Jasper Johns – My visit to the recent exhibition

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0 through 9 1961 Jasper Johns born 1930 Presented by the Friends of the Tate Gallery 1961 http://www.tate.org.uk/art/work/T00454

Jasper Johns 'Something Resembling Truth' exhibition at the Royal Academy.

I have been aware of Jasper Johns ever since I saw his '0 through 9' painting many years ago at Tate Britain. It was the layering of letter forms that captured me as well as his use of colour and texture.

Working with letters and numerals in my professional life I could really relate to this exploration of the form of the figures and how they relate to each other and how the layering technique can create an interesting visual image.

The exhibition was a revelation for me as I had not seen so many pieces of his work in one gallery at the same time and the journey though each room was a delight. There were more drawings and paintings on the '0 through 9' subject as well as separate pieces where he explored numbers and letter forms each time layering and adding textures so each became a rich detailed piece in itself. It was great to see the galley visitors interact with these, looking closely and deeply into the letter forms.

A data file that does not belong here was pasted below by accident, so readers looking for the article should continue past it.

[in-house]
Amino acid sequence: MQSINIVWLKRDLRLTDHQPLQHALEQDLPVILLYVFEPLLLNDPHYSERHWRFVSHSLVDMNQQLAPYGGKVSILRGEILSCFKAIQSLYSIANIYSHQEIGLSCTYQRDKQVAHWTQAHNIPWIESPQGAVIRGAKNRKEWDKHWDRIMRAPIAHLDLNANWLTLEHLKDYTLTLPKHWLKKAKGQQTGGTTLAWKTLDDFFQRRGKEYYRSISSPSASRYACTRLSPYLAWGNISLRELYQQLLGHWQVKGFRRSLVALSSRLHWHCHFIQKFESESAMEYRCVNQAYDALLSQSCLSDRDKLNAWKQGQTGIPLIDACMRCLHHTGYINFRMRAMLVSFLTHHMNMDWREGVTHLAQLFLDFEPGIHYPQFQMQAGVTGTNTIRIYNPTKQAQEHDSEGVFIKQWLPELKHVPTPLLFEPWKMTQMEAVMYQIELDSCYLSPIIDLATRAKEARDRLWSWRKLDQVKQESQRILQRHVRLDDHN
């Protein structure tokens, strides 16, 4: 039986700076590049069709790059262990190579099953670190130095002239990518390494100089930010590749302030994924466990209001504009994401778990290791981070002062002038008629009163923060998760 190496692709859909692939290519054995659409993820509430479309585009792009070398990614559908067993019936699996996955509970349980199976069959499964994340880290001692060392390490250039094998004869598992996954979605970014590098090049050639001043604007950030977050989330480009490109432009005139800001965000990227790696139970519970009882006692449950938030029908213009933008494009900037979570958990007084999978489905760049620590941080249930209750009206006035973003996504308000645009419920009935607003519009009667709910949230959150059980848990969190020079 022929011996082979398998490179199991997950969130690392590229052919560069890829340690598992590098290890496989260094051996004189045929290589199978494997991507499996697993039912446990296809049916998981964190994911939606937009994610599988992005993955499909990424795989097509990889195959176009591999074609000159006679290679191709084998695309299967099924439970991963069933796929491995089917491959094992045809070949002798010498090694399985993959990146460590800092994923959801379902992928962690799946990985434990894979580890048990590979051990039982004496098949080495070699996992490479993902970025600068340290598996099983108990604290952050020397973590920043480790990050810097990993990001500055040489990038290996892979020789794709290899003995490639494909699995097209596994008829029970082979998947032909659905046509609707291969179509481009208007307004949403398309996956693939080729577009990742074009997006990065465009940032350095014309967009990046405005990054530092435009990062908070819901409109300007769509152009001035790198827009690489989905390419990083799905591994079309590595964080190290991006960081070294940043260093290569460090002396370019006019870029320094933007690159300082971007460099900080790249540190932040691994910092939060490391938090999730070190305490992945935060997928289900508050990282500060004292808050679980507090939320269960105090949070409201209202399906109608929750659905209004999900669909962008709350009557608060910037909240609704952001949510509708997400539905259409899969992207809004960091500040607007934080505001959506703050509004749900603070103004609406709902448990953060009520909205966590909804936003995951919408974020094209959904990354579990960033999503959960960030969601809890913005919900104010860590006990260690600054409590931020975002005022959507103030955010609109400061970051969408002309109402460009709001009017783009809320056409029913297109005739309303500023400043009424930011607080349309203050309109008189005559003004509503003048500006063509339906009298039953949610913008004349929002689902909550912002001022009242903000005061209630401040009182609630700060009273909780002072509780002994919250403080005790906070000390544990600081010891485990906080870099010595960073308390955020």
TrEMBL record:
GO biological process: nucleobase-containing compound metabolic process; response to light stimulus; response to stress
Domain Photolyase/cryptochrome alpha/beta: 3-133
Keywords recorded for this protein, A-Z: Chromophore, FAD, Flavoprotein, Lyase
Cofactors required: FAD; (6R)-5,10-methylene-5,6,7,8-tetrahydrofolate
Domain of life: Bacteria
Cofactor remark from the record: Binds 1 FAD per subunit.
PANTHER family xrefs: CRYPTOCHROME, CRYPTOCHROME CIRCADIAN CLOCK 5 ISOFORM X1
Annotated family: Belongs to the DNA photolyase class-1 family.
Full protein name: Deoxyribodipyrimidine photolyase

There where, of course, his iconic flag, targets, and maps images along with many other paintings, sculptures, drawings and prints. Particular favourites of mine were his “crosshatchings” inspired from the pattern he saw in a car as it passed and the pattern on the bed sheet on a work be Edvard Munch.

Jasper Johns has always appealed to me as a there is such a strong 'graphic' quality in his work from his use of typography and letter forms to his simple bold use of rich colour and texture brought about by his encaustic technique of mixing pigment with wax and then layering it. Words with opposing colour and familiar objects re-sculptured disrupt the mind requiring us to question their meaning. He may come across as slightly 'commercial' and faddish to some born out of the abstract expressionism movement in the 50s and 60s but for me a kind of visual rhetoric within his work mixes art with modern popular culture and is a big hit.

It was funny how later, while listening to Beethoven's 9th at the Royal Albert Hall (it was a very cultural day, not my usual Saturday) how that layering is synonymous with music and the layering of the different sounds and melodies of instrument, each with their own unique texture, and how they are all brought together to create something that can resonate with the listener or viewer.

Steven Randall
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